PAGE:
Office 365 Suffers Temporary Scaling Problems

Features Adjusted to Ease Demand

A spike in demand on Office 365 services, probably linked to the upswing in home working provoked by the COVID-19 virus pandemic, has forced Microsoft to throttle back some application features. The news was released to tenants in an update posted to the Office 365 message centre today.

On March 17, I reported on how Office 365 was suffering some temporary scaling problems. A week later, Microsoft has applied further throttles on background processing and some user functionality to free up CPU cycles for user activities. The news came in Office 365 notification MC207439, released to tenants today.

The steps are unsurprising given an outbreak of problems across the service over the last week due to the incessant increase in demand caused by new users, leading to a rash of service incidents and advisories.

Heavy Demand for Teams

Teams scaled up by 12 million users over a week and that increase meant extra demand for associates applications like SharePoint Online, OneDrive for Business, OneNote, and Stream. Because more people are using Teams to work from home, more meetings are being recorded. Microsoft says that 900 million minutes of calling and meetings are now being consumed daily. This total is shared across all Teams users, so it’s not the amount of recorded meeting minutes that are uploaded and processed by Stream.

Stream Downgrades Meeting Recordings

Nevertheless, the growing demand on Stream means that Microsoft has disabled the face recognition feature (which allows users to find people based on when they appear in a video) and downgrade video recording resolution from 1080p to 720p. In this respect, Microsoft is following a line like that taken by Netflix and YouTube as they seek to conserve resources. Microsoft isn’t saying, but I assume that recordings will be restored to full resolution once enough resources are available.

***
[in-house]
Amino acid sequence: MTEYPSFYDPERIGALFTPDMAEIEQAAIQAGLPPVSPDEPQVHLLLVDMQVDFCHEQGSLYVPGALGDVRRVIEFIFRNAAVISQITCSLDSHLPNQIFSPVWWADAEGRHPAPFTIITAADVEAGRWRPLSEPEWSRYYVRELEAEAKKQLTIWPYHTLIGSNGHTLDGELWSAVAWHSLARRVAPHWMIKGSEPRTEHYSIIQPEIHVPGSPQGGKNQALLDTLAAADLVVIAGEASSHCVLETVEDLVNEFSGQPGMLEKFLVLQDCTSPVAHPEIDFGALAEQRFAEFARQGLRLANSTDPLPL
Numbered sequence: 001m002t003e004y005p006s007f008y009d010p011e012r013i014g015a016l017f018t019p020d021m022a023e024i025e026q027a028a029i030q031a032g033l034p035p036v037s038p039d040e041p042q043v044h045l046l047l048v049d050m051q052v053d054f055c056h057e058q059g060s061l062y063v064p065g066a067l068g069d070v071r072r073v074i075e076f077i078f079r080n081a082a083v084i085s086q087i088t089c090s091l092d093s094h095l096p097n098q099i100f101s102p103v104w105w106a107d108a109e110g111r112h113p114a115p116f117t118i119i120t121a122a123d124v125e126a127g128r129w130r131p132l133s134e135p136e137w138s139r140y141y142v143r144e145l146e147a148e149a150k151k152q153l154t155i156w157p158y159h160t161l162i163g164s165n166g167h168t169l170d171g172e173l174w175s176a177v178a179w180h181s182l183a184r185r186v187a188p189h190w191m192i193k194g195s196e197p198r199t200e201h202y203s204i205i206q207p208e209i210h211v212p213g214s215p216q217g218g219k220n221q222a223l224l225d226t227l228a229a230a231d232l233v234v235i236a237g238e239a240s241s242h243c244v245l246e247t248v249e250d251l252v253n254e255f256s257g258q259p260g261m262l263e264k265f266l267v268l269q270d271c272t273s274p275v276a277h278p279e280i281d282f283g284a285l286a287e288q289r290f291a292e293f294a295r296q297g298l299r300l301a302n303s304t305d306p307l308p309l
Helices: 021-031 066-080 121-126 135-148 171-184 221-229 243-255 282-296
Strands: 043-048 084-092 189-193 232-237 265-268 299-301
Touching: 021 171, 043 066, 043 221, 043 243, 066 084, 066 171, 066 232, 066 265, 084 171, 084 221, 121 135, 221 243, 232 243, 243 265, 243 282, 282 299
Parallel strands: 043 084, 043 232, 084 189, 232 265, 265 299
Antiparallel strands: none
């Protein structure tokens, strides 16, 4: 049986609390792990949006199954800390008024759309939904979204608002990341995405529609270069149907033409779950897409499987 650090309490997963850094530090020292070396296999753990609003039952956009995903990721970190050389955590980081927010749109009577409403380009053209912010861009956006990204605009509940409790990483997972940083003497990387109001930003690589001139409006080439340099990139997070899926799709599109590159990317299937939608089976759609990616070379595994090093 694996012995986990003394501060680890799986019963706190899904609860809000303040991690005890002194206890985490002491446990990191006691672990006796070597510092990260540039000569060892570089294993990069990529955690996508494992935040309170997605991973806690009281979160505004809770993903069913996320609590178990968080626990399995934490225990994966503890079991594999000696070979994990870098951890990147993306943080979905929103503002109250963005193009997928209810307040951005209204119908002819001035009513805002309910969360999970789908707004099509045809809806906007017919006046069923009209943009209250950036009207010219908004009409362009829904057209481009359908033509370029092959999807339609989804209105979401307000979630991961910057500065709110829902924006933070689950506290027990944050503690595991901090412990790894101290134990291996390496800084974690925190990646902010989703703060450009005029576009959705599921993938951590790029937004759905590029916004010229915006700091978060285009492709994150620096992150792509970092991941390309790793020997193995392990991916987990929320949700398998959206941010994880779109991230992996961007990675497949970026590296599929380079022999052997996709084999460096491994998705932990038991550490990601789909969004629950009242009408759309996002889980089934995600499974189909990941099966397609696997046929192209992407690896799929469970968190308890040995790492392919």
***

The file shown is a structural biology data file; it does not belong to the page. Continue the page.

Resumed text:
SharePoint Stutters

Microsoft says that they are rescheduling backend SharePoint Online operations to evenings and weekends. Many customers have reported problems with the SharePoint Online and OneDrive for Business browser clients, citing poor responsiveness and some errors. The SharePoint Online admin center performed like a warm slug at times.

Moving processing to quiet times affects functionality like Data Loss Prevention and indexing. SharePoint relies on background processes checking new documents for policy violations as their content is indexed. The delay means that an increased potential exists for a violation to slip through in the form of a confidential document being shared when it shouldn’t be. If you’re worried about this, consider enabling the sensitive by default feature, which stops documents being shared until they have been processed.

  • We are rescheduling specific backend operations to regional evening and weekend business hours. Impacted capabilities include migrationDLP and delays in file management after uploading a new file, video or image.
  • Reduced video resolution for playback videos.

OneNote Issues

Microsoft has made OneNote in Teams read-only for commercial tenants, with educational tenants being excluded from the new restriction, probably because of the heavy dependence on OneNote in a classroom environment. You can still use OneNote Online for editing.

  • OneNote in Teams will be read-only for commercial tenants, excluding EDU. Users can go to OneNote for the web for editing.
  • Download size and sync frequency of file attachments has been changed.
  • You can find details on these and other OneNote related updates as


  • People timeline has been disabled for newly uploaded videos. Pre-existing videos will not be impacted.
  • Meeting recording video resolution adjusted to 720p